O.   whereas the flood of images of extremely violent scenes and of pornographic material carried on the various media, such as games, television and the Internet, and the exploitative media portrayal of juvenile victims and perpetrators in many cases border on violations of the fundamental rights of children and are instrumental in trivialising violence,

P.   noting that, according to the statistics published in certain Member States, between 70% and 80% of juvenile delinquents who are punished when they commit their first offence do not re-offend;

Q.   having regard to the articles and studies published in certain Member States which reveal an increase in the number of acts of violence perpetrated by adolescents on their parents and the powerless state in which the latter find themselves,

R.   having regard to the fact that organised crime networks sometimes employ juvenile delinquents for their activities,

S.   whereas a special working group was set up, within the framework of the European Crime Prevention Network founded in 2001, in order to combat juvenile delinquency and which has begun to draw up a detailed comparative study in the 27 Member States as a basis for future EU policy developments in that field,

1.  Stresses that juvenile delinquency can be effectively combated only by adopting an integrated strategy at national and European level which will mesh three guiding principles: prevention, extrajudicial and judicial measures and the social inclusion of all young people;

Policies at national level

2.  Stresses that it is crucially important for all stakeholders in society to be directly involved in the planning and implementation of an integrated national strategy i.e., the State as central administration, regional and local authorities, educational institutions, the family, NGOs and especially youth NGOs, civil society and every individual; maintains that it is essential to have adequate financial resources available in order to implement effective measures to combat juvenile delinquency;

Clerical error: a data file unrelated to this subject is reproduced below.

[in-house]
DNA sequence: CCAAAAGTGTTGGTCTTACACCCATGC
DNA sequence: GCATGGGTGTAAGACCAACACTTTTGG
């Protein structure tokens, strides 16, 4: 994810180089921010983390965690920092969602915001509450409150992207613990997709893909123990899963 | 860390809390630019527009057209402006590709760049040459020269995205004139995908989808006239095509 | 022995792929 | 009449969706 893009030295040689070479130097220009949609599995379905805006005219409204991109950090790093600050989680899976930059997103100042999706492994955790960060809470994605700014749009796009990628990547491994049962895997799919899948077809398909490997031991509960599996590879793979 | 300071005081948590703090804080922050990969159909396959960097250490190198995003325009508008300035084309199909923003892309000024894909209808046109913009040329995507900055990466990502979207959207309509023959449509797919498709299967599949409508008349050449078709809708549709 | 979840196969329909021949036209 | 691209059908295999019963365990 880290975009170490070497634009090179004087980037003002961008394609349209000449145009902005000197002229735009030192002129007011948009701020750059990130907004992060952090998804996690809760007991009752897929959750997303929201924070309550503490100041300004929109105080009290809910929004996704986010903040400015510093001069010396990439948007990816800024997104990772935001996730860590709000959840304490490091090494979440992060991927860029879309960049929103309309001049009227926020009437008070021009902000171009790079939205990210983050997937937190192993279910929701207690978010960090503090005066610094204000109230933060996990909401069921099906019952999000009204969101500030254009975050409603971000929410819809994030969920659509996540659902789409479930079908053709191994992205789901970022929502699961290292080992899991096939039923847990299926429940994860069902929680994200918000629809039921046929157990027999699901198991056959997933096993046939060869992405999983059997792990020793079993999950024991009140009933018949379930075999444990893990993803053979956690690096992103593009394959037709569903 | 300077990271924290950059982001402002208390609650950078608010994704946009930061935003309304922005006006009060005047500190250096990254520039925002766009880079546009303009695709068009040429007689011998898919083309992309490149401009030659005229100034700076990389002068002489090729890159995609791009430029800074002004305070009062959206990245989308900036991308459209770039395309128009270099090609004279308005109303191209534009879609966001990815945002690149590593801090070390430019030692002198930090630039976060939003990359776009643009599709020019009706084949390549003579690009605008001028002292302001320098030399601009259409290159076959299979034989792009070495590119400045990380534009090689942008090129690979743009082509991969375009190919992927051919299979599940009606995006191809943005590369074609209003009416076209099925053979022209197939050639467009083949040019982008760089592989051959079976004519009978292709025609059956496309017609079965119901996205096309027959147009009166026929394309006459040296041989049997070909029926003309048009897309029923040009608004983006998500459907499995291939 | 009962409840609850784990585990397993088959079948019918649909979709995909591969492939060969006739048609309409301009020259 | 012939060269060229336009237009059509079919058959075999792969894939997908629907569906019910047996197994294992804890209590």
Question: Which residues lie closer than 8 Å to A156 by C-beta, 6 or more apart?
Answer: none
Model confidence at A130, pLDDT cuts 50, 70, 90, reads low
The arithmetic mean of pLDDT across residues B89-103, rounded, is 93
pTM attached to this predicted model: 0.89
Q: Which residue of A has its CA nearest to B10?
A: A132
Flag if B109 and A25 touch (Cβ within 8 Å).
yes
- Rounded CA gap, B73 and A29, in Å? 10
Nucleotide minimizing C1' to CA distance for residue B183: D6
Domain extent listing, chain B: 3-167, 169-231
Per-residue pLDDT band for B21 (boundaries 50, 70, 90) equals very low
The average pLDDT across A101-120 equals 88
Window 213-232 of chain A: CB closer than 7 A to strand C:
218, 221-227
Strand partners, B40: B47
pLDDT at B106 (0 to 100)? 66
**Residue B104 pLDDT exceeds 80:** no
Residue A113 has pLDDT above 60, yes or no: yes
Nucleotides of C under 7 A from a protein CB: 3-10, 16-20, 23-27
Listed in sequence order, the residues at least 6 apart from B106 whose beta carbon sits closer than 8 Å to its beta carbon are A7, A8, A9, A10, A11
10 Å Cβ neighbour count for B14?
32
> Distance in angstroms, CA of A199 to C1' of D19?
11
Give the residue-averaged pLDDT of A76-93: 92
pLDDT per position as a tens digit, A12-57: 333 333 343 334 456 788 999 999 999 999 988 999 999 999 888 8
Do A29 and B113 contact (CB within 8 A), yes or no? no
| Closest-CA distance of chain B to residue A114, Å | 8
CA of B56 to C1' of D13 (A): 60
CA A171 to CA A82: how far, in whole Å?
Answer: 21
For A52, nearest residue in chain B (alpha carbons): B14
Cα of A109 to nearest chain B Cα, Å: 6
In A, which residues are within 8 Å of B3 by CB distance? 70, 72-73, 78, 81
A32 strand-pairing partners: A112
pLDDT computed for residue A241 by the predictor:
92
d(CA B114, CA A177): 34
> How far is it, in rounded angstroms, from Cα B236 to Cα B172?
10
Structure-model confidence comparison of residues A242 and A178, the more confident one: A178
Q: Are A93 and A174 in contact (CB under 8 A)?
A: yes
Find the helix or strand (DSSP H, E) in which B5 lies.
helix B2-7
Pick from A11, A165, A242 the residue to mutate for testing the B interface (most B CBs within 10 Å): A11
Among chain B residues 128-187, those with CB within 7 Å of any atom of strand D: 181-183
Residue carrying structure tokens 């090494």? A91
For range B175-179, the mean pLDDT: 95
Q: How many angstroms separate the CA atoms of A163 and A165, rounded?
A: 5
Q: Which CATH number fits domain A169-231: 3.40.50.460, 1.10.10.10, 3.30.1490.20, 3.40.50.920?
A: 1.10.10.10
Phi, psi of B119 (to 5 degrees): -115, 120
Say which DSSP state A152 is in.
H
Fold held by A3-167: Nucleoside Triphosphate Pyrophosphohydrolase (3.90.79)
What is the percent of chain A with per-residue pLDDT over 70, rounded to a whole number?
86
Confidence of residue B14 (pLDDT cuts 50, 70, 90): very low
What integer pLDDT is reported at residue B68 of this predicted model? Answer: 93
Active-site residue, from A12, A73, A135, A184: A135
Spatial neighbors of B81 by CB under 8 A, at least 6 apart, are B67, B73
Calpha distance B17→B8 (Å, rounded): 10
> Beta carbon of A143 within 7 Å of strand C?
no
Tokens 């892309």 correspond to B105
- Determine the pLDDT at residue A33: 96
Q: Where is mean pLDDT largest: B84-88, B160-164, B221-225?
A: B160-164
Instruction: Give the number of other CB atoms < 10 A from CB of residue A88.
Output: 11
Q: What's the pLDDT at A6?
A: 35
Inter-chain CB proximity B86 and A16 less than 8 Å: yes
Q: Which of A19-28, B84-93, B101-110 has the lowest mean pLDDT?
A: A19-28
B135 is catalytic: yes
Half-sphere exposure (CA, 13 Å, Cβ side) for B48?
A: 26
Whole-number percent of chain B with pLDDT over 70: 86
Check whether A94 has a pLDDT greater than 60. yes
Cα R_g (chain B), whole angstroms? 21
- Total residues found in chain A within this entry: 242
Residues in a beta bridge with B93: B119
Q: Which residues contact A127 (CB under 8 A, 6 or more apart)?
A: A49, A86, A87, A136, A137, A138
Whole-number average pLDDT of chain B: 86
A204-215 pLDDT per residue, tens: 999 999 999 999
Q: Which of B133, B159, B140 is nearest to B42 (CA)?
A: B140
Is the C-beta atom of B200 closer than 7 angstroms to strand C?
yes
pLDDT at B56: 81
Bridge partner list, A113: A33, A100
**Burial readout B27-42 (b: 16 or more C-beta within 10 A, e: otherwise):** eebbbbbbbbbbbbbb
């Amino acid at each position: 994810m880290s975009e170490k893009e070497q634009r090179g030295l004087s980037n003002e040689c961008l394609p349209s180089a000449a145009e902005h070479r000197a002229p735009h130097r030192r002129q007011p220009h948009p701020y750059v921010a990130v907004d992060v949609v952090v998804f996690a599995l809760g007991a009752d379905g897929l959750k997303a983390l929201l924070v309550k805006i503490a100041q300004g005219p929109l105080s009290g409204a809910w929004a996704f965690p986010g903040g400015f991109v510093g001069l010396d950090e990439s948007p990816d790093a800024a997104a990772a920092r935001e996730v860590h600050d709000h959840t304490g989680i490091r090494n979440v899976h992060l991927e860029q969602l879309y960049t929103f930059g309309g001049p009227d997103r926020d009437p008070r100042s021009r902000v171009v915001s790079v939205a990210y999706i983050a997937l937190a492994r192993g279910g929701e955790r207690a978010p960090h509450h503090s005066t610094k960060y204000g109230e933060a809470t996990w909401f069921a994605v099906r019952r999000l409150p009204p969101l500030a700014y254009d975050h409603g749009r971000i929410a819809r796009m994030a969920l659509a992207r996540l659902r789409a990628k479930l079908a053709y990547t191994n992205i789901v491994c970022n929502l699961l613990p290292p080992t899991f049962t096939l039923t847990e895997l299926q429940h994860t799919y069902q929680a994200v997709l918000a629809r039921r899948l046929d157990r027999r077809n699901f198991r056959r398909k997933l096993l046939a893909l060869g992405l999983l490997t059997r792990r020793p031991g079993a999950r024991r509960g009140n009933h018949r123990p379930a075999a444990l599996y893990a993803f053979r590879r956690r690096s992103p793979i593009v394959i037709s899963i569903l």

3.  Maintains that, in order to effectively combat juvenile delinquency, an integrated and effective school, social, family and educational policy must be implemented which will help to ensure that social and civic values are passed on and that young people adjust to society at an early age; considers that there is also a need for a policy geared to greater economic and social cohesion and to reducing social inequalities and countering social exclusion and poverty, with particular reference to child poverty;

4.  Considers it necessary that families, educators and society should convey values to young people from their infancy;

5.  Considers that preventing juvenile delinquency also requires state policies in other areas, including housing, employment, vocational training, leisure and youth exchanges;

6.  Recalls that families, schools and society in general must work together to combat the growing phenomenon of juvenile violence;